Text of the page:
Profiling of Host Immune Responses to Leishmania Parasites and Phlebotomine Arthropod Vectors via Investigations of microRNA Regulation and Acquired Immunity

Doctoral Dissertation


Leishmaniasis is a group of sand fly vector-borne parasitic diseases which exhibit clinical pathologies specific to the species of causative intracellular parasites. Visceral and cutaneous leishmaniasis can be caused Leishmania donovani and Leishmania major parasites, respectively. Macrophages (MPs) and Dendritic Cells (DCs) are host cell types for Leishmania. These parasites employ immune evasion strategies in order to infect their vertebrate hosts that may include advantageous microenvironments resulting from the effects of sand fly salivary components at the site of inoculation in the host, or parasite influences on host cell transcriptional and translational molecular pathways. The host:vector interface was examined through analyses of anti-sand fly salivary gland proteins using blood plasma antibodies from persons residing in differentially endemic regions of Phlebotomus papatasi vectors. Five major salivary proteins were immunogenic, which permitted the clustering of blood donors based on antibody specificity corresponding to the endemic characteristics of their native regions. The host:pathogen interface was examined through investigations of host microRNA (miRNA) expression and quantitative associations with predicted transcript targets. Mature miRNAs are short non-coding single stranded RNAs that associate with Argonaute 2 (AGO2) in humans. The miRNAs complement to RNA transcripts to block protein translation. An analysis of mature miRNA expression in MPs and DCs infected with L. donovani or L. major found that most miRNAs were down-regulated compared to uninfected cells. However, L. donovani-infected DC miRNAs were, on average, more highly expressed compared to L. major-infected DCs. A second temporal study was performed with L. donovani and L. major-infected DCs, where mature miRNAs were co-immunoprecipitated with AGO2 and quantified by RNAseq. Concurrently, gene transcript expression from paired samples was assessed by microarrays. The multi-dimensional datasets were compared through miRNA:target prediction guided-correlations. In examining mixed regulatory circuits among significant correlations, miR-155 was found to target SMAD1. Target reporter experiments confirmed miR-155’s ability to target SMAD1, while quantitative Western blot analysis found a greater down-regulation of SMAD1 protein in L. donovani infection samples compared to L. major samples. The work presented herein makes substantial contributions to our understanding of the host cell immune responses to both Leishmania parasites and their sand fly vectors.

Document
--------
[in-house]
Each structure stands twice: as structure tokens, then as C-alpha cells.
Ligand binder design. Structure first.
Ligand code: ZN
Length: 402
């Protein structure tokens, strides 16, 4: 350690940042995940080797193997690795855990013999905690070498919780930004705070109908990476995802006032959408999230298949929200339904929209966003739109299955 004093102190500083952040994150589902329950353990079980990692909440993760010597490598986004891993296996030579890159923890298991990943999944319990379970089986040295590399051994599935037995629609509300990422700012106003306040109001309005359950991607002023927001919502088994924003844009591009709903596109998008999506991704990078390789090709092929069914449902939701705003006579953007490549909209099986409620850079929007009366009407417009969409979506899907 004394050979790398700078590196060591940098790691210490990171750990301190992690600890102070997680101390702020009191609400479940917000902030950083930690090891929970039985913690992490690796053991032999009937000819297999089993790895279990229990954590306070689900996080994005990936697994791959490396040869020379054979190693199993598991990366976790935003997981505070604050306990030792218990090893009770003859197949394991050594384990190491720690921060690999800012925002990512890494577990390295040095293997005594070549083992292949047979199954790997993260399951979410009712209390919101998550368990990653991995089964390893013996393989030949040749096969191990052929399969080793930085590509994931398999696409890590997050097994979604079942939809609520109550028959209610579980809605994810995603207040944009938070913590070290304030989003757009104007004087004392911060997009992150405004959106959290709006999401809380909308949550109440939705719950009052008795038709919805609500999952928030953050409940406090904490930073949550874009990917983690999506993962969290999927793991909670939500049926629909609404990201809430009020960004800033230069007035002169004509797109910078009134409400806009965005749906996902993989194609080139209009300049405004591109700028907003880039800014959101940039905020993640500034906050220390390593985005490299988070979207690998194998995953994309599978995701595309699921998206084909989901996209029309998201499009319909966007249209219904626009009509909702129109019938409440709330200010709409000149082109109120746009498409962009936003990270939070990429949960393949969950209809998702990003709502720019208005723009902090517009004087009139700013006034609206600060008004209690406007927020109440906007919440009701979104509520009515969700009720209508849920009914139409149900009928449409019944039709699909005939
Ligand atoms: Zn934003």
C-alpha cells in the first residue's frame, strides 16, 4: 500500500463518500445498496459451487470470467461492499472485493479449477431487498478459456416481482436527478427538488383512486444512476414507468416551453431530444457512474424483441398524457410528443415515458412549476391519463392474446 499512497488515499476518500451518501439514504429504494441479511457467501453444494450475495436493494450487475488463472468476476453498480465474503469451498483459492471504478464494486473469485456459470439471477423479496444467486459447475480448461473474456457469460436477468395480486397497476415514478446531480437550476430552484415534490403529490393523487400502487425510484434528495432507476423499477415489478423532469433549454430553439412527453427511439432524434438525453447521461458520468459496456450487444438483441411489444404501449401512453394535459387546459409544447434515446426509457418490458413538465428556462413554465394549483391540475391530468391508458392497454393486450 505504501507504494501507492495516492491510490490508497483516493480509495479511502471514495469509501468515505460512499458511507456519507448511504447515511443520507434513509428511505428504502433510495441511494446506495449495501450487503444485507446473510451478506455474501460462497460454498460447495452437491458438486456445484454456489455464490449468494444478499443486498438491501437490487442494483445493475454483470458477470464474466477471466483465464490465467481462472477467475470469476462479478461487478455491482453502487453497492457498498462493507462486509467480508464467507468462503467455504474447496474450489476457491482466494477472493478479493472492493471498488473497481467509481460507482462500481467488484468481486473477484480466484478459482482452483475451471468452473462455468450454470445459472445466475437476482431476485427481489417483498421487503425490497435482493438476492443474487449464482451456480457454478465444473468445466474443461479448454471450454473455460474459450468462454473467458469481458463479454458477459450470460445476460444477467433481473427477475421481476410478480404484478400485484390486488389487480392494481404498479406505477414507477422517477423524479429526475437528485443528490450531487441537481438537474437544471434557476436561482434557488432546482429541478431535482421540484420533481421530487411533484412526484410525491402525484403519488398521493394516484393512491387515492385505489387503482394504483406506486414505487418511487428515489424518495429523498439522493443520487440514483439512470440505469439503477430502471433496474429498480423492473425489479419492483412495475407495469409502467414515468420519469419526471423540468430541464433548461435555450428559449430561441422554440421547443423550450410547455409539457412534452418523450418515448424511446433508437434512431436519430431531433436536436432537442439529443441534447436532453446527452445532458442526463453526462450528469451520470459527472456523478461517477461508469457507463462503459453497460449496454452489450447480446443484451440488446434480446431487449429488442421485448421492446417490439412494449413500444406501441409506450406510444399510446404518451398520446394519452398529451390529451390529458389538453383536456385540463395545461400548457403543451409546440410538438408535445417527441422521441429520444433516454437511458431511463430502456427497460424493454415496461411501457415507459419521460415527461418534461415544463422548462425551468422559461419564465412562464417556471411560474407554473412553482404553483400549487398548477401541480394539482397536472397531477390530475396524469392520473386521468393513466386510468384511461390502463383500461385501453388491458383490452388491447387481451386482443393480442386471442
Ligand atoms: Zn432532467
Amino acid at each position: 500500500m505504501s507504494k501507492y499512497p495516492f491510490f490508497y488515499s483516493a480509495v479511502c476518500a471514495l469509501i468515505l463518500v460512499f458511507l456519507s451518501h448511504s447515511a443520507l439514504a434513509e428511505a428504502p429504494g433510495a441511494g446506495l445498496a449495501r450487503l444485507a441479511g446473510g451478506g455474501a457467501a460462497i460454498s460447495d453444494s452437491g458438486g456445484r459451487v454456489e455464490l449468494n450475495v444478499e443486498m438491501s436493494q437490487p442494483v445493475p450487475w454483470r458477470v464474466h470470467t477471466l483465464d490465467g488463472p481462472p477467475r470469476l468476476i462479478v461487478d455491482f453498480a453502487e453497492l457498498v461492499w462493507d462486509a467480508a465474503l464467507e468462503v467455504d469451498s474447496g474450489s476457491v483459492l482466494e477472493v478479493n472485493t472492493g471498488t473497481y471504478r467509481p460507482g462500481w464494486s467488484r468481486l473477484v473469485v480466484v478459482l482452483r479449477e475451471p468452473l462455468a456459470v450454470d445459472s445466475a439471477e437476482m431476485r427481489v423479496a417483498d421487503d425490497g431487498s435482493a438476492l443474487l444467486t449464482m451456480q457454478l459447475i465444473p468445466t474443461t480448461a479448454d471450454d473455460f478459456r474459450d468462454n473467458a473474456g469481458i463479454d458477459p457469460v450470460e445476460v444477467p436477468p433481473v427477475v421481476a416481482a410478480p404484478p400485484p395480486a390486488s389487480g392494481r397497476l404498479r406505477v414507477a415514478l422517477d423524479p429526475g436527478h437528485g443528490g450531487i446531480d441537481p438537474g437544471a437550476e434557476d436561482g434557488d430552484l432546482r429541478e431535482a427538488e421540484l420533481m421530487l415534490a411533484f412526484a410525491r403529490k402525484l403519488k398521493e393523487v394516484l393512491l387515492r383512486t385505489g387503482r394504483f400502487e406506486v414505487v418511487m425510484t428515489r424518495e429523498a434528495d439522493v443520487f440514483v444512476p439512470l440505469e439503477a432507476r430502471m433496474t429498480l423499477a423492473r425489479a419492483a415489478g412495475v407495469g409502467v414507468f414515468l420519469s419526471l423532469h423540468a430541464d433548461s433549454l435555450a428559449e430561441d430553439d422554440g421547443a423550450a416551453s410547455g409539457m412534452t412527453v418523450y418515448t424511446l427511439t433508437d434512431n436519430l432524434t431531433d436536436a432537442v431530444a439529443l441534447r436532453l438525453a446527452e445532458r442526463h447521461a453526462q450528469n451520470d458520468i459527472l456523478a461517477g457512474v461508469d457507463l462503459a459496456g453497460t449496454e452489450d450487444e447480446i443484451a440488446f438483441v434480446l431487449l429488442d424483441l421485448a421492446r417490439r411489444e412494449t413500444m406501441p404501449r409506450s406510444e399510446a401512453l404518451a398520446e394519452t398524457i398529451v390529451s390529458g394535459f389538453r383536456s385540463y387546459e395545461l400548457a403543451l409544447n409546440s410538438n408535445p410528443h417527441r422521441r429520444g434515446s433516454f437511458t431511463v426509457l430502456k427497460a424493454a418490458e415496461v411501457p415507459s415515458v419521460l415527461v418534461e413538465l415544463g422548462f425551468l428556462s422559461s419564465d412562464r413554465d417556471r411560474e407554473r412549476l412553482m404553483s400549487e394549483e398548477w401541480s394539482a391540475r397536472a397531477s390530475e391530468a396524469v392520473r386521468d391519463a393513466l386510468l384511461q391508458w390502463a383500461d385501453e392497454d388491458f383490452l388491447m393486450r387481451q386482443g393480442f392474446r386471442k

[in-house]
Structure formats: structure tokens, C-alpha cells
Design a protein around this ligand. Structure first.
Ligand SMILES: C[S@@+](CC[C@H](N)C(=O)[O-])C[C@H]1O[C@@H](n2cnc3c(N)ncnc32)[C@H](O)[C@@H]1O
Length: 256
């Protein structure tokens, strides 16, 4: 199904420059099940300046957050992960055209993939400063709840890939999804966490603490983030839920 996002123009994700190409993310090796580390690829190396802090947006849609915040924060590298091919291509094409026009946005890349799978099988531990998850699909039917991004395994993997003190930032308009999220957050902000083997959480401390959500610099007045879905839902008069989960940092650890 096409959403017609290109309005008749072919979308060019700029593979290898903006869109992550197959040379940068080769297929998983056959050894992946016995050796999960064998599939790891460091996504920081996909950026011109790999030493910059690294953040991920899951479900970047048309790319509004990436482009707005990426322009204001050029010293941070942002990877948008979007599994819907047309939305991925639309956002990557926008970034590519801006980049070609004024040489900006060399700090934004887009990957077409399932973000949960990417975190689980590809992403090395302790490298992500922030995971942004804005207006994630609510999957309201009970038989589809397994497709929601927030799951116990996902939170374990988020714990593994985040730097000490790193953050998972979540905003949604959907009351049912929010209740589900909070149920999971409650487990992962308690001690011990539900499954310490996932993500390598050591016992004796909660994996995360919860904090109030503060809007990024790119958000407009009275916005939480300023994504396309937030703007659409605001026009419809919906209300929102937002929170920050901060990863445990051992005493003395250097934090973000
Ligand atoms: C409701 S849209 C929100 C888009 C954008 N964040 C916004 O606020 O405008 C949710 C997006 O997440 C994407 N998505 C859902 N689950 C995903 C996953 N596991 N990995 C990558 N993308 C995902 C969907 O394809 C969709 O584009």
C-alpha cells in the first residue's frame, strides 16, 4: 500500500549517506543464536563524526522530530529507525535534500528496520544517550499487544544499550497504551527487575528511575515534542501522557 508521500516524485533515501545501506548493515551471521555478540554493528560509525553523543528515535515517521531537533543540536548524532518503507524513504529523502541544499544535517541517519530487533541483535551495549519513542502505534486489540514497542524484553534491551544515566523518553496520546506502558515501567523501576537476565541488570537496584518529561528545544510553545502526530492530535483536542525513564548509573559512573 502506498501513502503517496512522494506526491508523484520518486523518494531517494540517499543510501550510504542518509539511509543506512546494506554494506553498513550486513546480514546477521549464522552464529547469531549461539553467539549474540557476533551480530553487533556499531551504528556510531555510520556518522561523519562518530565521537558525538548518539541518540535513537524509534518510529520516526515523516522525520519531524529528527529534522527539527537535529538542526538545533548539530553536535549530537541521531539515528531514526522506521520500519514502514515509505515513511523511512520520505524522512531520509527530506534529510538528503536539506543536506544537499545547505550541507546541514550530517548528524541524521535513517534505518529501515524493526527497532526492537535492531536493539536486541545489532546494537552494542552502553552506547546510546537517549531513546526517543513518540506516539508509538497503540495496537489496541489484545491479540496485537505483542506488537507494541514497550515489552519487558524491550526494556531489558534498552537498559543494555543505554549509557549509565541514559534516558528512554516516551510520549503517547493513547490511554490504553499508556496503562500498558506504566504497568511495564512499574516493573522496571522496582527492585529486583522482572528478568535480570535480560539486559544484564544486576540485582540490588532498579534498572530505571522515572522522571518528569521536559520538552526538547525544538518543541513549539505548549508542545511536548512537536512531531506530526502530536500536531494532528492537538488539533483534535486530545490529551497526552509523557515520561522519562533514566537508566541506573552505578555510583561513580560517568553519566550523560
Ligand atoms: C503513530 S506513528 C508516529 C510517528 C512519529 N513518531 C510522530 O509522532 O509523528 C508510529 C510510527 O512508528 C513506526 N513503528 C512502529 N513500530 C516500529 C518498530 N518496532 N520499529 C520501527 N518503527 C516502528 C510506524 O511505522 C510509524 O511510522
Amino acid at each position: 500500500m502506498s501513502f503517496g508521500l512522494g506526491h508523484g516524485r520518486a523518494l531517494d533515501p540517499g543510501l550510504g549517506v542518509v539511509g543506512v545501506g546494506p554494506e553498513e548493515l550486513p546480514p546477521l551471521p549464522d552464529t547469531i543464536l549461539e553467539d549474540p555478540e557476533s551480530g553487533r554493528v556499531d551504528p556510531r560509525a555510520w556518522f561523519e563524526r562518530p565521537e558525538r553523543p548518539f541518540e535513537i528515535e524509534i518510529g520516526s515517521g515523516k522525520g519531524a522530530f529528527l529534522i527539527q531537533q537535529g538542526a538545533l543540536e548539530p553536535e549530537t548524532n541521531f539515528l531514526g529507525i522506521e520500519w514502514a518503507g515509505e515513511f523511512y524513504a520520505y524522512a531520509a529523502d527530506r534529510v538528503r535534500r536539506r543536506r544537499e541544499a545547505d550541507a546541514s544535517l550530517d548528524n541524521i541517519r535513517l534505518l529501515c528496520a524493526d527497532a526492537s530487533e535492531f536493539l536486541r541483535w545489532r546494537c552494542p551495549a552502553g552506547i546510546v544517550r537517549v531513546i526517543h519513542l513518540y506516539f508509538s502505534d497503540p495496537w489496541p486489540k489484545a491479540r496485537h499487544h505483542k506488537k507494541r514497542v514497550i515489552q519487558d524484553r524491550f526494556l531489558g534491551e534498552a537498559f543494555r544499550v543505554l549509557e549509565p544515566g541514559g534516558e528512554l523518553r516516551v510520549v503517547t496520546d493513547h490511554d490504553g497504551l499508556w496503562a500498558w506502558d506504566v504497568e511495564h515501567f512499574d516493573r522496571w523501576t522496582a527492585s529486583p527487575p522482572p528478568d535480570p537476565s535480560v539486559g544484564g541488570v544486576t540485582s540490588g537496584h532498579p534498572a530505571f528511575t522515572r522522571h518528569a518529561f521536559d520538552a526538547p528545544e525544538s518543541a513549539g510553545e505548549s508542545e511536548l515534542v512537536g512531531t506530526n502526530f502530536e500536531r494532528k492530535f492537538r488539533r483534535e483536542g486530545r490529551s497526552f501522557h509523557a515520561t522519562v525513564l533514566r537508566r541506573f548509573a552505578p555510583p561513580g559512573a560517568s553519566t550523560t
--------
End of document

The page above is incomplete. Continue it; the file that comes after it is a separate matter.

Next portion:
Attribute NameValues
  • etd-01262015-101852

Author Nicholas Salvatore Geraci
Advisor Mary Ann McDowell
Contributor Mary Ann McDowell, Committee Chair
Contributor Shaun Lee, Committee Member
Contributor Paul Huber, Committee Member
Contributor Patricia Champion, Committee Member
Contributor Miguel Morales, Committee Member
Degree Level Doctoral Dissertation
Degree Discipline Biological Sciences
Degree Name PhD
Defense Date
  • 2015-01-23

Submission Date 2015-01-26
  • United States of America

  • gene expression

  • dendritic cell

  • Leishmania major

  • immunology

  • Leishmania donovani

  • microRNA

  • sand fly

  • Phlebotomus papatasi

  • macrophage

  • Leishmaniasis

  • University of Notre Dame

  • English

Record Visibility Public
Content License
  • All rights reserved

Departments and Units


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